|Region||New South Wales|
|Ethnicity||Ngiyambaa (Wangaibon, Weilwan)|
The Ngiyambaa language is a Pama–Nyungan language of the Wiradhuric subgroup. It was the traditional language of the Wangaibon and Weilwan peoples of New South Wales, Australia, but is now moribund; according to Donaldson by the 1970s there were only about ten people fluent in Wangaibon, whilst there were only a couple of Weilwan speakers left.
Ngiyambaa (meaning language), or Ngiyambaambuwali, was also used by the Wangaibon and Weilwan to describe themselves, whilst 'Wangaibon' and 'Weilwan' (meanining 'With Wangai/Weil' (for 'no') were used to distinguish both the language and the speakers from others who did not have wangai or weil for no.
Other names for Ngiyambaa are: Giamba, Narran, Noongaburrah, Ngampah, Ngemba, Ngeumba, Ngiamba, Ngjamba, Ngiyampaa and Ngumbarr; Wangaibon is also called Wangaaybuwan and Wongaibon, and Weilwan is also called Wailwan, Wayilwan or Wailwun.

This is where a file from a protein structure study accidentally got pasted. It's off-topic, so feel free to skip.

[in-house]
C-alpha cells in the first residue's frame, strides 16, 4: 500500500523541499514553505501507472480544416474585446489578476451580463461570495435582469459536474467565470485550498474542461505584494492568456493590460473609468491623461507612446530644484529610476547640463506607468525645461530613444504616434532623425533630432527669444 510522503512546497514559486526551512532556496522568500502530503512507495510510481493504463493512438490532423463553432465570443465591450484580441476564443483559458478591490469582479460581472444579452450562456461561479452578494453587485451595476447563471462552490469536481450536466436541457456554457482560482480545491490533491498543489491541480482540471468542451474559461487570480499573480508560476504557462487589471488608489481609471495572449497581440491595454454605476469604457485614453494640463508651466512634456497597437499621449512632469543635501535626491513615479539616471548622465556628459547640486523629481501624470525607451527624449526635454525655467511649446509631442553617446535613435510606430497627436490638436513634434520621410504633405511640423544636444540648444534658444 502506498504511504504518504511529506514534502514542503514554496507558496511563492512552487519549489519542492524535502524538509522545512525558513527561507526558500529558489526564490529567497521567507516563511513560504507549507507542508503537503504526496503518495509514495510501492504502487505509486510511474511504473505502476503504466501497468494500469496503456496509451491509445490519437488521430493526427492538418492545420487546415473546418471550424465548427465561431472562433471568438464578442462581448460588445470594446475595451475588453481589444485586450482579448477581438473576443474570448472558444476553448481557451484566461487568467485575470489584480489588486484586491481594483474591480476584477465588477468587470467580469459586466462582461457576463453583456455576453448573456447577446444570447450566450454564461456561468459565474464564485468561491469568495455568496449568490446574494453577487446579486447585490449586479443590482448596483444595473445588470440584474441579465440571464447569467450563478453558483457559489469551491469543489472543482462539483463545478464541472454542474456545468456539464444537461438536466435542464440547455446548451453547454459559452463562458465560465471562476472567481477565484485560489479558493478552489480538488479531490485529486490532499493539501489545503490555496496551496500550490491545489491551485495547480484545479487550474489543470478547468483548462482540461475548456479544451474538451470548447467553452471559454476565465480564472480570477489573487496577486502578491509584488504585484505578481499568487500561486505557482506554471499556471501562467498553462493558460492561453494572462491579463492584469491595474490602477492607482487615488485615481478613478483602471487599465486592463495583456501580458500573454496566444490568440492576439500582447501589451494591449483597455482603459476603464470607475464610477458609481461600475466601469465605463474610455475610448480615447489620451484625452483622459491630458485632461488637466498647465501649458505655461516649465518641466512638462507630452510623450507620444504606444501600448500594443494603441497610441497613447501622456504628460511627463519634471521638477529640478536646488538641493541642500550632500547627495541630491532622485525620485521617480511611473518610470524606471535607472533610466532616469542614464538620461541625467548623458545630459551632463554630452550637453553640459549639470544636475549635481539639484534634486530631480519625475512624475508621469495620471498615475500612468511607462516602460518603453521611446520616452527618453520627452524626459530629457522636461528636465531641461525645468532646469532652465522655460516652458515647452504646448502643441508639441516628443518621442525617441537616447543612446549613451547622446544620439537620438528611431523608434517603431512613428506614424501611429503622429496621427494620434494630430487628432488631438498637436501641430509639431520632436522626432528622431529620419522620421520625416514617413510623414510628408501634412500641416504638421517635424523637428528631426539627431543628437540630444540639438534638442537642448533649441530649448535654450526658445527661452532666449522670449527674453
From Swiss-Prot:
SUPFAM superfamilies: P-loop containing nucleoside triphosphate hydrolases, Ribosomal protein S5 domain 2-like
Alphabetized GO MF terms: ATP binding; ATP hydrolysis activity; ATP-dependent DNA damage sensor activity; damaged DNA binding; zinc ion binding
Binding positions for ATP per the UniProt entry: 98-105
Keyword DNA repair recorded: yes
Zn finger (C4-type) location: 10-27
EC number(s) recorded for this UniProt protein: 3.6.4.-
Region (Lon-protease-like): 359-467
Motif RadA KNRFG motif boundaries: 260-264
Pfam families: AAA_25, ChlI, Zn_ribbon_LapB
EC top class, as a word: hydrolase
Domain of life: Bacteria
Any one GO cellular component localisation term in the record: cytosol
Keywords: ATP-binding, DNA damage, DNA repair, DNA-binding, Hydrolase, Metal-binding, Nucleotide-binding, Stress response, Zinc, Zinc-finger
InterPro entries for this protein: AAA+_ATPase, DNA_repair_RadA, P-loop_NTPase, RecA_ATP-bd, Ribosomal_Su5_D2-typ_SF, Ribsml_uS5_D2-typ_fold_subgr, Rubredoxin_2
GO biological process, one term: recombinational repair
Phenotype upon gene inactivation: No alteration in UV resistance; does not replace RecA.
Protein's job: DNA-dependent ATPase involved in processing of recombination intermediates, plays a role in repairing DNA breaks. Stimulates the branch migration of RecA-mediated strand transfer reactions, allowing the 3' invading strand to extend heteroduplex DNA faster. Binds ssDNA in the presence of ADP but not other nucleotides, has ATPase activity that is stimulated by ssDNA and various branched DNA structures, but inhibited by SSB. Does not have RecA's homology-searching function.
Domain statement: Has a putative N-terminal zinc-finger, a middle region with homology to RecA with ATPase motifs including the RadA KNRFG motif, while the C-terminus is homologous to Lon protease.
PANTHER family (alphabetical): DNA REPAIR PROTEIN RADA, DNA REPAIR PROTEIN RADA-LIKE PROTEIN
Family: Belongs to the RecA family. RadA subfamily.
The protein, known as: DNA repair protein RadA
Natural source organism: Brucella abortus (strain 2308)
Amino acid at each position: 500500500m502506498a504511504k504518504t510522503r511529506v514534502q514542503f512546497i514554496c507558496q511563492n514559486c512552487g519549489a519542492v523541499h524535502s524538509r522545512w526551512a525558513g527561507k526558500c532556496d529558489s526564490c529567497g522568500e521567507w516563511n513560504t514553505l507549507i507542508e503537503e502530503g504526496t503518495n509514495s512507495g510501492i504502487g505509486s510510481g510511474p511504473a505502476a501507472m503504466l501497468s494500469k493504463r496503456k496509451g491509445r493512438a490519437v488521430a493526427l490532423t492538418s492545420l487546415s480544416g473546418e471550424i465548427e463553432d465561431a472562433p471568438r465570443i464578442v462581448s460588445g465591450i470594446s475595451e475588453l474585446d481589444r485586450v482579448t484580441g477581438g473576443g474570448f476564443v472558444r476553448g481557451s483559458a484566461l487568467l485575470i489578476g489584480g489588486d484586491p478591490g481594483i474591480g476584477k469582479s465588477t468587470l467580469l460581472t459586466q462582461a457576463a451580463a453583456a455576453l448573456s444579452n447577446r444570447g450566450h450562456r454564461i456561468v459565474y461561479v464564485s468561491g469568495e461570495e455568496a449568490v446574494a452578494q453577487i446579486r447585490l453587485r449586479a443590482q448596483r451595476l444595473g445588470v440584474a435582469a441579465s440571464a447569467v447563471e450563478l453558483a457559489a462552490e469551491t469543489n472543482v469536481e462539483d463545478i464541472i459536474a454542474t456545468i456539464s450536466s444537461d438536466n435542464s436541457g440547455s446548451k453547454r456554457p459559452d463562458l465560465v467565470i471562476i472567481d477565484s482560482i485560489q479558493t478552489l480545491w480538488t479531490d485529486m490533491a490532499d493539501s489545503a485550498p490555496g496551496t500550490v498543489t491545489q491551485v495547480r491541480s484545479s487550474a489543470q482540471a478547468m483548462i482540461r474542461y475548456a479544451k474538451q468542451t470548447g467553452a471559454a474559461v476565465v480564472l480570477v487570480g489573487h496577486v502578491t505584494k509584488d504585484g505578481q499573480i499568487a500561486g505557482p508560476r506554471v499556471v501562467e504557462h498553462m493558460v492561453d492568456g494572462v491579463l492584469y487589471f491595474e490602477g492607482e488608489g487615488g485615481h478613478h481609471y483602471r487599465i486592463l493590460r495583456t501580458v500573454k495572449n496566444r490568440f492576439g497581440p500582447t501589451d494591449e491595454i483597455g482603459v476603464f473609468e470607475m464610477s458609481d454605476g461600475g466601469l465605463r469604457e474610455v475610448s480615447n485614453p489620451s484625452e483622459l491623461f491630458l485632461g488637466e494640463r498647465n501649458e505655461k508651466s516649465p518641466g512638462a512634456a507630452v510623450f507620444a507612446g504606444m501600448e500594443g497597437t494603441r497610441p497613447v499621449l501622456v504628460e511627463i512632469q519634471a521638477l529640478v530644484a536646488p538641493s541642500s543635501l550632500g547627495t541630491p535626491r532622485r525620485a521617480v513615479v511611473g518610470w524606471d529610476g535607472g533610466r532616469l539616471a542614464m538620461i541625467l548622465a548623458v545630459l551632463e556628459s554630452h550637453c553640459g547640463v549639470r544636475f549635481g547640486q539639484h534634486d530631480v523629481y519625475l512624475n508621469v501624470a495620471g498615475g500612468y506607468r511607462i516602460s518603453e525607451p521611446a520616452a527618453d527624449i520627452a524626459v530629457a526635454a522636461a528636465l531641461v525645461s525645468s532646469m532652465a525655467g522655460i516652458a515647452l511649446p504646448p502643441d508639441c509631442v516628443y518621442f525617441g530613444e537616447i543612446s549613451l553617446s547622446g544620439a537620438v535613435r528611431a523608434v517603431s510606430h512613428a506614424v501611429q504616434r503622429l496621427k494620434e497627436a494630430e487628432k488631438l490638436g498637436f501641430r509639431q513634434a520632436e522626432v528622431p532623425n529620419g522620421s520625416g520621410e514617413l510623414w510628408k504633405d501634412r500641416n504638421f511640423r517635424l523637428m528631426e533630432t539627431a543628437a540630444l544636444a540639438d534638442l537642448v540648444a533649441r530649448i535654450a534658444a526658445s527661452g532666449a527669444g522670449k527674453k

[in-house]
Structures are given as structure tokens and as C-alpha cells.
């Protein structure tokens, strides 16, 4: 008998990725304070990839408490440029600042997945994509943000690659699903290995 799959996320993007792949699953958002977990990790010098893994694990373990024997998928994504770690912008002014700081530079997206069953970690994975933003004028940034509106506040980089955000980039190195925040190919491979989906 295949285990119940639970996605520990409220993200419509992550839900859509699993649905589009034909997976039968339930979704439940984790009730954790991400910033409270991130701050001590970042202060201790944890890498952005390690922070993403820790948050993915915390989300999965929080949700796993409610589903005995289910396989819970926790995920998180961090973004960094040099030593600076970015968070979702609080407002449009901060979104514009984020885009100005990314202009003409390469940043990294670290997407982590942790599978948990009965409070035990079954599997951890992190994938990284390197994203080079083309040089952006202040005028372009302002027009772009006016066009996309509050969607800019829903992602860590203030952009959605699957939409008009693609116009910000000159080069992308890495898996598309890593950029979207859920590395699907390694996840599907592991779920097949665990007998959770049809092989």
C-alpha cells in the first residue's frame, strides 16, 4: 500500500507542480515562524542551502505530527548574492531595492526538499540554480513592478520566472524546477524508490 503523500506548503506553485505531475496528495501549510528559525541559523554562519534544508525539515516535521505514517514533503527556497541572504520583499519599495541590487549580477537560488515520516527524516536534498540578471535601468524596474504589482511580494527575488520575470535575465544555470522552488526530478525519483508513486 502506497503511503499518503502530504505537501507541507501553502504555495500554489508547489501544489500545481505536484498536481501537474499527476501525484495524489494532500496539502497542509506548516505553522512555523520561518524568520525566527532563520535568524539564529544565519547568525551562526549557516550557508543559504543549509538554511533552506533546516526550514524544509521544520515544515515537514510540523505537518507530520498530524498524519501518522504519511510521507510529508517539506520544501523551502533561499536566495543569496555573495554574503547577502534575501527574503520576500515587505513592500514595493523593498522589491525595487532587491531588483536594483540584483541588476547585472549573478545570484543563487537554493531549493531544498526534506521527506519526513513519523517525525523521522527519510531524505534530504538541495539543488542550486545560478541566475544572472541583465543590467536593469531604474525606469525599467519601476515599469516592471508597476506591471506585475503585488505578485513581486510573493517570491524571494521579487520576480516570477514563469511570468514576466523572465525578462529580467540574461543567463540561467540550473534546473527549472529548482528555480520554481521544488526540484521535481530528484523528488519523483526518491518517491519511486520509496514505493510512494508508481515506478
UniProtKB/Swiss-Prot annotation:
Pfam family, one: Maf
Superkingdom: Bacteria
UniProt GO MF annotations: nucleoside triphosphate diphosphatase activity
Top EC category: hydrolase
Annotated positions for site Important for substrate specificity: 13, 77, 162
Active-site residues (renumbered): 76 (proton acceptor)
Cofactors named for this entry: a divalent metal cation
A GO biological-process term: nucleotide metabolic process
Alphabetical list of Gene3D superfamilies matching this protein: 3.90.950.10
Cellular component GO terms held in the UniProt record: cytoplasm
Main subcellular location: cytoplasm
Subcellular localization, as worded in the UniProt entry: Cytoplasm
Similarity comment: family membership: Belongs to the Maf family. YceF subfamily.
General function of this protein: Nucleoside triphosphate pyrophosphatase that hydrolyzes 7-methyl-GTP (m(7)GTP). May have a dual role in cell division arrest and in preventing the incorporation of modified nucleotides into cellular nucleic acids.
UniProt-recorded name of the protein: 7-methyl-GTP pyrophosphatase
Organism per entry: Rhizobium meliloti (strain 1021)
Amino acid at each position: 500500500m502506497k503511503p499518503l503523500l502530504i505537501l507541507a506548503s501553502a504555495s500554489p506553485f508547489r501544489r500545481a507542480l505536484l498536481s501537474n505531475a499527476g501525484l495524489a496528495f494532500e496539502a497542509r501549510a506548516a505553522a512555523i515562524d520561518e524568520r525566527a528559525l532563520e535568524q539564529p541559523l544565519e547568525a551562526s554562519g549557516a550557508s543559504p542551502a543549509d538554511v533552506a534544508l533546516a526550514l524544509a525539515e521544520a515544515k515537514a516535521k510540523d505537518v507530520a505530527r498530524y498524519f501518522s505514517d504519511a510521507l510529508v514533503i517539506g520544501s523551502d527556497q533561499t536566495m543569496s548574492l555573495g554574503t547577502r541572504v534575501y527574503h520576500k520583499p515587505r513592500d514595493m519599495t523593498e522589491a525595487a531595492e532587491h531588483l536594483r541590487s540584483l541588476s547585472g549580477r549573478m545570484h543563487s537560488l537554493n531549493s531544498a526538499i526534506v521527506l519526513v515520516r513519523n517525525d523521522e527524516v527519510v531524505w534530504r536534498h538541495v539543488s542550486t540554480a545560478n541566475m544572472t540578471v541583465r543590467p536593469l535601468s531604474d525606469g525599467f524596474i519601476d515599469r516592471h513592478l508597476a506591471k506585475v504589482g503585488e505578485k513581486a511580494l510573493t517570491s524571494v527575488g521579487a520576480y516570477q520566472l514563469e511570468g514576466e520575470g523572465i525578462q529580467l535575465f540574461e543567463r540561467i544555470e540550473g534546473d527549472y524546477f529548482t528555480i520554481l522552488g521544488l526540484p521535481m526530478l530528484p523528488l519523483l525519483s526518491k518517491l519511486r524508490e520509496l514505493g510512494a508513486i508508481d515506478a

- D22 Ngiyambaa at the Australian Indigenous Languages Database, Australian Institute of Aboriginal and Torres Strait Islander Studies
- Hammarström, Harald; Forkel, Robert; Haspelmath, Martin, eds. (2017). "Ngiyambaa". Glottolog 3.0. Jena, Germany: Max Planck Institute for the Science of Human History.
- Donaldson, Tamsin (1980). Ngiyambaa: The language of the Wangaaybuwan. Cambridge University Press. ISBN 0-521-22524-8. ISSN 0068-676X.
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